repercussions, like opening the floodgates to a limitless number of seafarers
claiming disability benefits, or causing unfairness to the employer who
would have difficulty determining the cause of a claimants illness because
of the passage of time. The employer would then have no protection against
unrelated disability claims.
42


Tanawan did not report the eye injury either to the petitioner or to Dr.
Lim while he was undergoing treatment for the foot injury. Curiously, he did

38
Palisoc v. Easways Marine Inc., supra.
39
Valenzona v. Fair Shipping Corporation, supra, note 37; Oriental Shipmanagement Co., Inc. v.
Bastol, G.R. No. 186289, J une 29, 2010, 622 SCRA 352, 383-384.
40
Maunlad Transport, Inc. v. Manigo, Jr., G.R. No. 161416, J une 13, 2008, 554 SCRA 446, 459.
41
Jebsens Maritime, Inc. v. Undag, G.R. No. 191491, December 14, 2011, 662 SCRA 670, 680.
42
Id. at 681.
Decision 12 G.R. No. 160444



not even offer any explanation as to why he had his eye examined only on
August 25, 1998, or after almost nine months from his repatriation.

Under the 1996 POEA SEC,
43
it was enough to show that the injury
or illness was sustained during the term of the contract. The Court has
declared that the unqualified phrase during the term found in Section
20(B) thereof covered all injuries or illnesses occurring during the lifetime
of the contract.
44


It is the oft-repeated rule, however, that whoever claims entitlement to
the benefits provided by law should establish his right to the benefits by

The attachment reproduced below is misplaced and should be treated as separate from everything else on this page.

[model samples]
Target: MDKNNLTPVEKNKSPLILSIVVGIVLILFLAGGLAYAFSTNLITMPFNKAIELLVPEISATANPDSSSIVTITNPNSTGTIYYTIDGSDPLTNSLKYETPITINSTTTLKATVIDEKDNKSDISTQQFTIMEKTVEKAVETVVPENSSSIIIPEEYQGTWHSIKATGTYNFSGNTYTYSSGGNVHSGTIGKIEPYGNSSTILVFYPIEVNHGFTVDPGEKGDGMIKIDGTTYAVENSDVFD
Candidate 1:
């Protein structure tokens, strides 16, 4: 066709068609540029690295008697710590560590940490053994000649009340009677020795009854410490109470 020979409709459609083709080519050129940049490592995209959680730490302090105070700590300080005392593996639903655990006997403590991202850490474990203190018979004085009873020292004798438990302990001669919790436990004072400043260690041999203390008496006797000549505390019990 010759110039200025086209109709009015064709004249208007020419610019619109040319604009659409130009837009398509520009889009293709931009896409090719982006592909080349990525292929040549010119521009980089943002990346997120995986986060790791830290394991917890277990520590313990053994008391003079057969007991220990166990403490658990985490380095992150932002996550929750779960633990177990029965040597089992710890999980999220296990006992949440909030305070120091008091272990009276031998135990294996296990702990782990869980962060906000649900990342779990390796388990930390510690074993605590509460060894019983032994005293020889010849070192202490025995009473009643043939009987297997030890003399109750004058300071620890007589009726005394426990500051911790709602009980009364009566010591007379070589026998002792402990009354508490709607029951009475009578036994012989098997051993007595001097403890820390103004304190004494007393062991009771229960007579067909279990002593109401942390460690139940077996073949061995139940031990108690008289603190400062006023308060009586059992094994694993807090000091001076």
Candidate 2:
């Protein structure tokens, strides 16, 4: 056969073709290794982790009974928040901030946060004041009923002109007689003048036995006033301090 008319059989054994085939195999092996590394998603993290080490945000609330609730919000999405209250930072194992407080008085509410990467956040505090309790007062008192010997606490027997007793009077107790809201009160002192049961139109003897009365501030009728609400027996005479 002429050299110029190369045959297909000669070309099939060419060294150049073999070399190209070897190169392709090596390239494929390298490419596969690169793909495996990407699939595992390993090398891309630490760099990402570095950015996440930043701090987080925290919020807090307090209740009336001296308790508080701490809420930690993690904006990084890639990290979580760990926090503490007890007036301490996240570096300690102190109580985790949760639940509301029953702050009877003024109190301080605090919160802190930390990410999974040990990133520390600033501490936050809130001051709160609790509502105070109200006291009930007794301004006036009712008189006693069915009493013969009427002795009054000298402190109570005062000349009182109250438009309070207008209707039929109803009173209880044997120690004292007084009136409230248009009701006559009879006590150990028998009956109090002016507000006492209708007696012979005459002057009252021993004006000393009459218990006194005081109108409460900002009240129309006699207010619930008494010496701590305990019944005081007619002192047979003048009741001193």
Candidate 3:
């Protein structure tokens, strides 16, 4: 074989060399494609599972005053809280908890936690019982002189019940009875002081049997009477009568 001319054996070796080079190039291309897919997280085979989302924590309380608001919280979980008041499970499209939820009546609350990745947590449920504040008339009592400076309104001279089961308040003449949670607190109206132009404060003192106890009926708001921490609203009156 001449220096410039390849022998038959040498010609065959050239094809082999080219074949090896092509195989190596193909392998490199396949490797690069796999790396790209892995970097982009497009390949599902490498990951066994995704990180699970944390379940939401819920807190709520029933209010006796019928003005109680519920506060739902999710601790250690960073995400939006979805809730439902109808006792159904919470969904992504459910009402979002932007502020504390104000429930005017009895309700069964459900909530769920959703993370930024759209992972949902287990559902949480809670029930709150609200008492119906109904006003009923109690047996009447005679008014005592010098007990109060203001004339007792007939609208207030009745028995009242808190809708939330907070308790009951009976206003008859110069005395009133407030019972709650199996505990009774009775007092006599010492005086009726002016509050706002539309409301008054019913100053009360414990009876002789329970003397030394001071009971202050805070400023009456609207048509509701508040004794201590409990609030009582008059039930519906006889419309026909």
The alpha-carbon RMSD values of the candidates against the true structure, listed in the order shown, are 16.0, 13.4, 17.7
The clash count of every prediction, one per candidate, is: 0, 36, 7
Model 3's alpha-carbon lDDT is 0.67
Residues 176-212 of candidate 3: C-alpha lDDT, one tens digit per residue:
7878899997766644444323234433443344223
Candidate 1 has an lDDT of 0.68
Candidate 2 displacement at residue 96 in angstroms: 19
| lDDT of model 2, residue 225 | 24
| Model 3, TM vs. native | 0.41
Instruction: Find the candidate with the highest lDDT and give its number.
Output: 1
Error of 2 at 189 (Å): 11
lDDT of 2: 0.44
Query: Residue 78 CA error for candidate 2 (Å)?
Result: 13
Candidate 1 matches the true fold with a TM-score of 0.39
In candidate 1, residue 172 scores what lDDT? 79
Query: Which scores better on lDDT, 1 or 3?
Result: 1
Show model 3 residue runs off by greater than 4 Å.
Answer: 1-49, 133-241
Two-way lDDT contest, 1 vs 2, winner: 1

substantial evidence.
45
As such, Tanawan must present concrete proof
showing that he acquired or contracted the injury or illness that resulted to
his disability during the term of his employment contract.
46
Proof of this
circumstance was particularly crucial in view of his non-reporting of the
injury to the petitioner. Yet, he did not present any proof of having sustained
the eye injury during the term of his contract. All that he submitted was his
bare allegation that his eye had been splashed with some thinner while he
was on board the vessel. He also did not adduce any proof demonstrating
that the splashing of thinner could have caused the retinal detachment with
vitreous hemorrhage. At the very least, he should have adduced proof that
would tie the accident to the eye injury. We note at this juncture that even
the certification by Dr. Bunuan provided no information on the possible
cause of the eye injury.

Consequently, the claim for disability benefit for the eye injury is
denied in view of Tanawans non-reporting of the injury to the petitioner and

43
The POEA SEC was amended in 2000 to include a proviso that the injury or illness must be work-
related.
44
Remigio v. National Labor Relations Commission, supra, note 36, p. 205.
45
Cootauco v. MMS Phil. Maritime Services, Inc., G.R. No. 184722, March 15, 2010, 615 SCRA 529,
545.
46
NYK-Fil Ship Management, Inc. v. National Labor Relations Commission, G.R. No. 161104,
September 27, 2006, 503 SCRA 595, 606-607.
Decision 13 G.R. No. 160444
of his failure to prove that the injury. was sustained during the term of his
employment.
WHEREFORE, the Court PARTIALLY GRANTS the petition for
review; and DELETES the award ofUS$20,900.00 as disability benefits for
the eye injury.
No pronouncement on costs of suit.
SO ORDERED.
WE CONCUR:
MARIA LOURDES P. A. SERENO
Chief Justice
.1/AbAL-f:
ME81Tr:J. LEONARDO-DE CASTRO
Associate Justice
IENVENIDO L. REYES
Associate Justice
Decision 14 G.R. No. 160444
CERTIFICATION
Pursuant to Section 13, ArtiCle VIII of the Constitution, I certify that
the conclusions in the above Decision had been reached in consultation
before the case was assigned .to the writer of the opinion of the Court's
Division.

MARIA LOURDES P. A. SERENO
Chief Justice